AI Algorithms can help Radiologists Asses Mammography Screenings Much better

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AI Algorithms can help Radiologists Asses Mammography Screenings Much better

Integration of artificial intelligence (AI) and machine learning (ML) algorithms, and assessments from radiologists could help in the overall accuracy of breast cancer screenings.

The latest study by Jama Network Open, titled, “Evaluation of Combined Artificial Intelligence and Radiologist Assessment to Interpret Screening Mammograms” came up with some interesting findings. The study was focused on whether AI can tackle human mammography screening limitations with an unbiased evaluation of ML algorithms.

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Breast cancer strikes one out of every eight women globally. This research is based on results from the “The Digital Mammography DREAM Challenge” by IBM Research, which was set in motion three years ago. It was a competition to capture an international scientific community for assessing whether AI and ML algorithms could meet the radiologist interpretive accuracy. IBM Research, in participation with Kaiser Permanente Washington Health Research Institute, Sage Bionetworks, and the University Of Washington School Of Medicine has confirmed how AI can assist radiologists to enhance the accuracy of mammogram screenings.

Christoph Lee, MD, MS and Professor of Radiology at the University of Washington School of Medicine and author of the paper as reported to have said in a statement – “Based on our findings, adding AI to radiologists’ interpretation could potentially prevent 500,000 unnecessary diagnostic workups each year in the United States. Robust clinical validation is necessary, however, before any AI algorithm can be adopted broadly.”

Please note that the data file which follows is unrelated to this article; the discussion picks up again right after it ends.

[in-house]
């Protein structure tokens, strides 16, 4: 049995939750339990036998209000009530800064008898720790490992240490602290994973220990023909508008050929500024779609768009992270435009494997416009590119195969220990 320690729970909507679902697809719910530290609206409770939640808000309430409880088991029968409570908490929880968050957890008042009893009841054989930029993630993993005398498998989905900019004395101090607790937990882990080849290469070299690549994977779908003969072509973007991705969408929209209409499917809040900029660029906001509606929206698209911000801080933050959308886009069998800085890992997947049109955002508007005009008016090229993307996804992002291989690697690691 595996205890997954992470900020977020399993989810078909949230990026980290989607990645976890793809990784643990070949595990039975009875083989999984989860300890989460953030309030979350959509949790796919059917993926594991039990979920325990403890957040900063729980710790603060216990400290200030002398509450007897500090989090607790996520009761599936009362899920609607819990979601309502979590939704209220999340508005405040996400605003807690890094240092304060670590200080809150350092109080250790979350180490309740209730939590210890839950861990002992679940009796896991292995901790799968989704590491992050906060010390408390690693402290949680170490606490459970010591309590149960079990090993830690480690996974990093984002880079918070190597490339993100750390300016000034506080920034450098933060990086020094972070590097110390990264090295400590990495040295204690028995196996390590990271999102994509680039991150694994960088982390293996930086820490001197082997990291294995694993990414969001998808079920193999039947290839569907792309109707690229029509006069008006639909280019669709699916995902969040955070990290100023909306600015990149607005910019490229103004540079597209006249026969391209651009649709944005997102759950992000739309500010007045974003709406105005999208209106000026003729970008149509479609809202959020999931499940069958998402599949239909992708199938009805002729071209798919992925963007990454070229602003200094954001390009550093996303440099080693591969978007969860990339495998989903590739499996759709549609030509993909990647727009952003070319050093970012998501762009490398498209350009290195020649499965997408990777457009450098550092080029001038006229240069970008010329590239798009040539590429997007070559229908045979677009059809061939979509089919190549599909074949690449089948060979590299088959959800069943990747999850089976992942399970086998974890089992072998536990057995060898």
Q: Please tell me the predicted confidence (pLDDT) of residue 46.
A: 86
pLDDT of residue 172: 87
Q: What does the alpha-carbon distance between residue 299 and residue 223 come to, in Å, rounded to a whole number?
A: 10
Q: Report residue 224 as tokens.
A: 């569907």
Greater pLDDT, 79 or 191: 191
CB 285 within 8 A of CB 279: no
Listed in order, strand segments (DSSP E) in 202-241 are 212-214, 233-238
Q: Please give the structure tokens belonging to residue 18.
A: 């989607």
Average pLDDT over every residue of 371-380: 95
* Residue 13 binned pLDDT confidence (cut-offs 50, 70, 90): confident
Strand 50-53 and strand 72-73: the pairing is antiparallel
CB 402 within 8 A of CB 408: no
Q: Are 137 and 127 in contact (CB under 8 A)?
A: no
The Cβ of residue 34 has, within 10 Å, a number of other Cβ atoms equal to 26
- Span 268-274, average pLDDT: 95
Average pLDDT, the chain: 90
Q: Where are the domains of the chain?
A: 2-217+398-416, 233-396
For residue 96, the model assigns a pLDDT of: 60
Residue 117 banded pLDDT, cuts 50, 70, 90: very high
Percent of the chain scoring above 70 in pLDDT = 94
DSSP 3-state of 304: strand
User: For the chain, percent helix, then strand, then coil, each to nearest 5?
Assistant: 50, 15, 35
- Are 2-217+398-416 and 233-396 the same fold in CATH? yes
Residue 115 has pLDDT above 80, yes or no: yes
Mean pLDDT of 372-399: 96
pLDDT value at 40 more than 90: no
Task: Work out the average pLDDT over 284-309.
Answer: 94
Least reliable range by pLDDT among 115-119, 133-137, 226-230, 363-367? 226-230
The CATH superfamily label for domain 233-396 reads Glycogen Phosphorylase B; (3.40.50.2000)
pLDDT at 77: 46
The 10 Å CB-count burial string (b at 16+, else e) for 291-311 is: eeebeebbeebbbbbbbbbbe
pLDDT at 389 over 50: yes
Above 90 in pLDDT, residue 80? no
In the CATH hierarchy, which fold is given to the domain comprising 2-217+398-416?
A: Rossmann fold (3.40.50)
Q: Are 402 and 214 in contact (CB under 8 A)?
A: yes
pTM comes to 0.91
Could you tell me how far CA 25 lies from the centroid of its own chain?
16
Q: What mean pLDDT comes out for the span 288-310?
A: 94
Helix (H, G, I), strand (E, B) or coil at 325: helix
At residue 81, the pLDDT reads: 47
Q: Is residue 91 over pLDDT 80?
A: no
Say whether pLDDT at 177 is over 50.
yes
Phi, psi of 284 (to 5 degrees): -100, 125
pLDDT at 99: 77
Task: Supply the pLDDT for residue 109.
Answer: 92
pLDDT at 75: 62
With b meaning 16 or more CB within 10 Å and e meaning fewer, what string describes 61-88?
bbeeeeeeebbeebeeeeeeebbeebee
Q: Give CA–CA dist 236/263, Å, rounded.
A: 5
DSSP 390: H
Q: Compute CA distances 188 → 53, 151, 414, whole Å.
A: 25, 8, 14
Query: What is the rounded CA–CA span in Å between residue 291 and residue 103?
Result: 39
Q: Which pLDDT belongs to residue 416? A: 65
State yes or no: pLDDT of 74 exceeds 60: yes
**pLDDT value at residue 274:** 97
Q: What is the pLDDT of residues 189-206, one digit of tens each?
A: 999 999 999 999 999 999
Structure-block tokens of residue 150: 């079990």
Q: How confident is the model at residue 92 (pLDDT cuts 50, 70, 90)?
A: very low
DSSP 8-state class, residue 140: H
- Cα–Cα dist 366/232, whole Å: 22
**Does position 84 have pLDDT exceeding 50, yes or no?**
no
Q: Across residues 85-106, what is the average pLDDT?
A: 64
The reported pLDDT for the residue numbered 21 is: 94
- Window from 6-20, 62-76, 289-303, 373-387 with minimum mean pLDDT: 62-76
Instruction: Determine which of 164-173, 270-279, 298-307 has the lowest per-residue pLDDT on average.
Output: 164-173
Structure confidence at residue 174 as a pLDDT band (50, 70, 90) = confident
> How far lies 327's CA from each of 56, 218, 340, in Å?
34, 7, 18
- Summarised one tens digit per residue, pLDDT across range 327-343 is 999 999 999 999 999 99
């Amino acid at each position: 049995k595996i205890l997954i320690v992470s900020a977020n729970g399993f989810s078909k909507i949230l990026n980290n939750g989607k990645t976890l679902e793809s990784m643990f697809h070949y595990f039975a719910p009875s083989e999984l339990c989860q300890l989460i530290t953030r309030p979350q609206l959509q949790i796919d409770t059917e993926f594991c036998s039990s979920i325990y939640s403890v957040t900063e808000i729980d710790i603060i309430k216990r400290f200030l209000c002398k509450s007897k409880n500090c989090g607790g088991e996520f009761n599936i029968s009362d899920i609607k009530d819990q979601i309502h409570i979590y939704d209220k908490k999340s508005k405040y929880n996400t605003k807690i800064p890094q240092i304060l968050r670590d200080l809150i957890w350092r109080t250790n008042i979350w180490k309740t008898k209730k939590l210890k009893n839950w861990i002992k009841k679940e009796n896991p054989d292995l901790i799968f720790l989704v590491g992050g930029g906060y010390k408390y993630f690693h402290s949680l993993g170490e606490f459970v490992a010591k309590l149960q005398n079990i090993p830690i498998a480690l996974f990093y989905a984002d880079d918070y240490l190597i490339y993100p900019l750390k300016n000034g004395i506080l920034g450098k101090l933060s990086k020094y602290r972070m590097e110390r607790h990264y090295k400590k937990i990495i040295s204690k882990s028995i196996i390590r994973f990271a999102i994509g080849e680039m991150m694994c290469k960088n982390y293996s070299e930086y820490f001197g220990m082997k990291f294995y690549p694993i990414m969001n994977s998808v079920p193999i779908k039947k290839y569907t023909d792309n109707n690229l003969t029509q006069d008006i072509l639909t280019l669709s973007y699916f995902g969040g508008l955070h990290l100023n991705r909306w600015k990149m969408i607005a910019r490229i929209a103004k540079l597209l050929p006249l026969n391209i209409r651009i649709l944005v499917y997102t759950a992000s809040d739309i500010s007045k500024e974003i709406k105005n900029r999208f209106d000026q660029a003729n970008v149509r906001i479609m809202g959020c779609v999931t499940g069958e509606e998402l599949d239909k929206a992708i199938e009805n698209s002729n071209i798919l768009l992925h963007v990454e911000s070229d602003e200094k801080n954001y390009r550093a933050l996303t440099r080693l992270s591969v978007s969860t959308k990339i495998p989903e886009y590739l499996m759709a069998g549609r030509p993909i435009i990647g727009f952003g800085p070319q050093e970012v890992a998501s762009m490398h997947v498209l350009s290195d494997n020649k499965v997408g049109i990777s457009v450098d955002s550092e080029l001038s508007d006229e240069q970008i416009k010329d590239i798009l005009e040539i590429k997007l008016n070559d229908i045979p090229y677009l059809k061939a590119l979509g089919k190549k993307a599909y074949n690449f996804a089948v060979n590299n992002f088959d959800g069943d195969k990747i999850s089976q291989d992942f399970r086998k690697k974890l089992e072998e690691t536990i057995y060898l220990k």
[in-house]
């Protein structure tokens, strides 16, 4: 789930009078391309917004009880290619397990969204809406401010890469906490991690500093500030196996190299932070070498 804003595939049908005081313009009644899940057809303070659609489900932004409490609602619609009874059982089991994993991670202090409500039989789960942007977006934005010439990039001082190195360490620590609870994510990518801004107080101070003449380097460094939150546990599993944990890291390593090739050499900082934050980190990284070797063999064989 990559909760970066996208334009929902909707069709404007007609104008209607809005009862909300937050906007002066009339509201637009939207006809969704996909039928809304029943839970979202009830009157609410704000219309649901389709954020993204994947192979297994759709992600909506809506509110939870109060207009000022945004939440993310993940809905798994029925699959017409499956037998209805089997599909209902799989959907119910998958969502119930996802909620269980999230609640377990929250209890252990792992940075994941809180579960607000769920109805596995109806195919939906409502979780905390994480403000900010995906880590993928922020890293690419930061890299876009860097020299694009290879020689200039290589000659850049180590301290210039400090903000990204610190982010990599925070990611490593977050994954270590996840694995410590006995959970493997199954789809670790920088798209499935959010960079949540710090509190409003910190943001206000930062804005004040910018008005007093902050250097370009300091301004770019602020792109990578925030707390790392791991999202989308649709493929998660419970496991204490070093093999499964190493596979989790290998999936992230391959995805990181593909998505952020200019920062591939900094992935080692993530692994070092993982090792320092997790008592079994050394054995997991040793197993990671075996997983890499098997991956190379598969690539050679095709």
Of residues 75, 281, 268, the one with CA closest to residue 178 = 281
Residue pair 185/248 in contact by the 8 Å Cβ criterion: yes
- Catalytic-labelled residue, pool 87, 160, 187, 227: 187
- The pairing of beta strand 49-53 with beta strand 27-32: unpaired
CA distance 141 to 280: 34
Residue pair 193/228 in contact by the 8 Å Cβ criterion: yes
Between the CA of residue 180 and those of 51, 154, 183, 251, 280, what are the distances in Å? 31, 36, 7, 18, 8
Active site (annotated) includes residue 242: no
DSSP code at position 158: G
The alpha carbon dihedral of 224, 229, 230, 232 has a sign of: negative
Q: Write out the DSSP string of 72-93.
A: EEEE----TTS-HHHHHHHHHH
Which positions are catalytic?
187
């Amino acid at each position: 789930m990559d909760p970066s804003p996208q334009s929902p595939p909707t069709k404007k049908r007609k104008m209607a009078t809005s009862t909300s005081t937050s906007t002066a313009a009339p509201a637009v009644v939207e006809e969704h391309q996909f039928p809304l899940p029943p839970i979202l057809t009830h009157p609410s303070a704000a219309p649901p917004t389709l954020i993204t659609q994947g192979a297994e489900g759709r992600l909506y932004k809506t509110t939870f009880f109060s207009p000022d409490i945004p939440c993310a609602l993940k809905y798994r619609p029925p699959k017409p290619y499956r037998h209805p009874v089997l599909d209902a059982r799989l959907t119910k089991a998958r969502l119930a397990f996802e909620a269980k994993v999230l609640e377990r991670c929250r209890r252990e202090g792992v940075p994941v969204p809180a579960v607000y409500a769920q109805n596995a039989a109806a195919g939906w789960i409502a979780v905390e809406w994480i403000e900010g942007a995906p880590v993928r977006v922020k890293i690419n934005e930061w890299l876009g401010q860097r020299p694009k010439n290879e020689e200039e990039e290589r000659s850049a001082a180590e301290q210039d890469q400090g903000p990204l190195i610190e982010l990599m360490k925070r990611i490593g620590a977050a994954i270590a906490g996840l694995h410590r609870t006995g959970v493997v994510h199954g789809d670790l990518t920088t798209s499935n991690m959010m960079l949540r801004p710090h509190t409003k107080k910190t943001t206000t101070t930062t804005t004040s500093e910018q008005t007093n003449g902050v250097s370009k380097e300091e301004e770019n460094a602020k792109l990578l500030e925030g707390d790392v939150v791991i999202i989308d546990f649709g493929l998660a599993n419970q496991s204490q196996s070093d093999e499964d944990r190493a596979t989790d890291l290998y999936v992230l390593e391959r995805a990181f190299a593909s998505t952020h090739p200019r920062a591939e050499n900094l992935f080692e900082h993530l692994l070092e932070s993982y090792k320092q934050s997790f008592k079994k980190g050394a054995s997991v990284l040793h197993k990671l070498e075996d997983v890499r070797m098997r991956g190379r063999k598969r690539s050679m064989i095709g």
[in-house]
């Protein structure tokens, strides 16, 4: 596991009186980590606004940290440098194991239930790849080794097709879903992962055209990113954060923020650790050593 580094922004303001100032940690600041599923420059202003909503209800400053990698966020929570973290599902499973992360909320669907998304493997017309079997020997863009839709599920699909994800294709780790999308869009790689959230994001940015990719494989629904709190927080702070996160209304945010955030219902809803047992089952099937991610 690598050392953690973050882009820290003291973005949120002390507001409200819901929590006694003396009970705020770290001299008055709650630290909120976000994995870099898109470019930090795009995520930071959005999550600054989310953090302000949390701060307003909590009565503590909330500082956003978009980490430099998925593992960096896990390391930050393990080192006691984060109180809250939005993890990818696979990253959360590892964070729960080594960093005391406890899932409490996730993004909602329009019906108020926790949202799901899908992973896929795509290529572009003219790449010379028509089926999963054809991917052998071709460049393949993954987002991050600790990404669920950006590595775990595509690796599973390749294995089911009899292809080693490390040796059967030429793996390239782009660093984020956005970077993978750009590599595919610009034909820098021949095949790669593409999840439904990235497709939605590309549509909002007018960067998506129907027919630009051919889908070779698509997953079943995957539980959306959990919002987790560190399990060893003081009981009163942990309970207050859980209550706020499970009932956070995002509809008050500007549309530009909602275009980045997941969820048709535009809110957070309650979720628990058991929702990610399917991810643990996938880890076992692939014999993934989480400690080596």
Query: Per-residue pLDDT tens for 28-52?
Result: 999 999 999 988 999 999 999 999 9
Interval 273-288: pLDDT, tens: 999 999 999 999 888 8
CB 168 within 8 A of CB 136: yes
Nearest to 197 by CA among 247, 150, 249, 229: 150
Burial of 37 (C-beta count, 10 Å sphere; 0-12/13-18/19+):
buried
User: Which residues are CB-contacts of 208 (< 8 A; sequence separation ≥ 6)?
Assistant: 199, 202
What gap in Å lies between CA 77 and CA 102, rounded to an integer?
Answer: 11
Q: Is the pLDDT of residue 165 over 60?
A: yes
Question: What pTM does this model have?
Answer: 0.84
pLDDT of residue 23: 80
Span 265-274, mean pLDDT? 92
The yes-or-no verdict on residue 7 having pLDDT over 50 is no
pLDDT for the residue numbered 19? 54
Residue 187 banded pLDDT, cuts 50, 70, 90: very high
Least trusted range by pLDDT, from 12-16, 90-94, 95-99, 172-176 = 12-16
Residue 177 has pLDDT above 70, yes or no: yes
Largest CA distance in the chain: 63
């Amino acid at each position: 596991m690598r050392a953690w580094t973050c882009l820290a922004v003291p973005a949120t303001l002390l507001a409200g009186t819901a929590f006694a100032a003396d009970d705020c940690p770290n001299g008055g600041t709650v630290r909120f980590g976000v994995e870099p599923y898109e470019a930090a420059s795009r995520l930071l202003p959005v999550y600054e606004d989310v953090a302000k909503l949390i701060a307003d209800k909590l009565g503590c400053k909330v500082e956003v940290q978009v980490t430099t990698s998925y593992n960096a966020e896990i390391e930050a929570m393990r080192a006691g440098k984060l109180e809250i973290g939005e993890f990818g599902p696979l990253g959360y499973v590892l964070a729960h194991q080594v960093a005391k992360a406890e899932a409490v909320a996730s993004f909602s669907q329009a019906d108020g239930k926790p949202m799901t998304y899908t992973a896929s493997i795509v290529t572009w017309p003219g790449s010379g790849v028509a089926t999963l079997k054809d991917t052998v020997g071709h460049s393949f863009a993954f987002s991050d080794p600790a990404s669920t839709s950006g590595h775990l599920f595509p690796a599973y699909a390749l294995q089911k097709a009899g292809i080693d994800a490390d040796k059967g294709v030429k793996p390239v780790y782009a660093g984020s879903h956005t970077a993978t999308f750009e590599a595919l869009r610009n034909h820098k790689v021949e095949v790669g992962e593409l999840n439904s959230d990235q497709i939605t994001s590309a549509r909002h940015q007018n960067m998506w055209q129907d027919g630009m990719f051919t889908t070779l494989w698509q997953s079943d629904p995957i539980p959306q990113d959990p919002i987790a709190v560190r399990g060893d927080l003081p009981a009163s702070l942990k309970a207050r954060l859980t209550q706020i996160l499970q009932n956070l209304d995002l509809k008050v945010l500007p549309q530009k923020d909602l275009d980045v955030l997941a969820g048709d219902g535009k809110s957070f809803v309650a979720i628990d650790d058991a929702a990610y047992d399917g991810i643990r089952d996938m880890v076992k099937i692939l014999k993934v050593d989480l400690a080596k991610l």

According to the American Cancer Society, about 20% of the breast cancers are missed by radiologists in mammogram screenings – and often diagnostics medical report is erroneous. Hence, combining the best-performing AI to mammography interpretation in the single-radiologist settings could provide remarkable performance improvements. It even has the potential to lower health care expenditures and addressing resource scarcity in the screening programs.

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The detailed findings from the report:

“Overall, 144 231 screening mammograms from 85 580 US women (952 cancer positive 12 months from screening) were used for algorithm training and validation. A second independent validation cohort included 166 578 examinations from 68 008 Swedish women (780 cancer positive). The top-performing algorithm achieved an area under the curve of 0.858 (United States) and 0.903 (Sweden) and 66.2% (United States) and 81.2% (Sweden) specificity at the radiologists’ sensitivity, lower than community-practice radiologists’ specificity of 90.5% (United States) and 98.5% (Sweden). Combining top-performing algorithms and US radiologist assessments resulted in a higher area under the curve of 0.942 and achieved a significantly improved specificity (92.0%) at the same sensitivity.”

The study revealed that no AI algorithm could perform better than radiologists’ benchmark and combining them resulted in increased specificity. Thus, the underlying potential of machine learning methods used to enhance mammography screening interpretation needs to be taken seriously!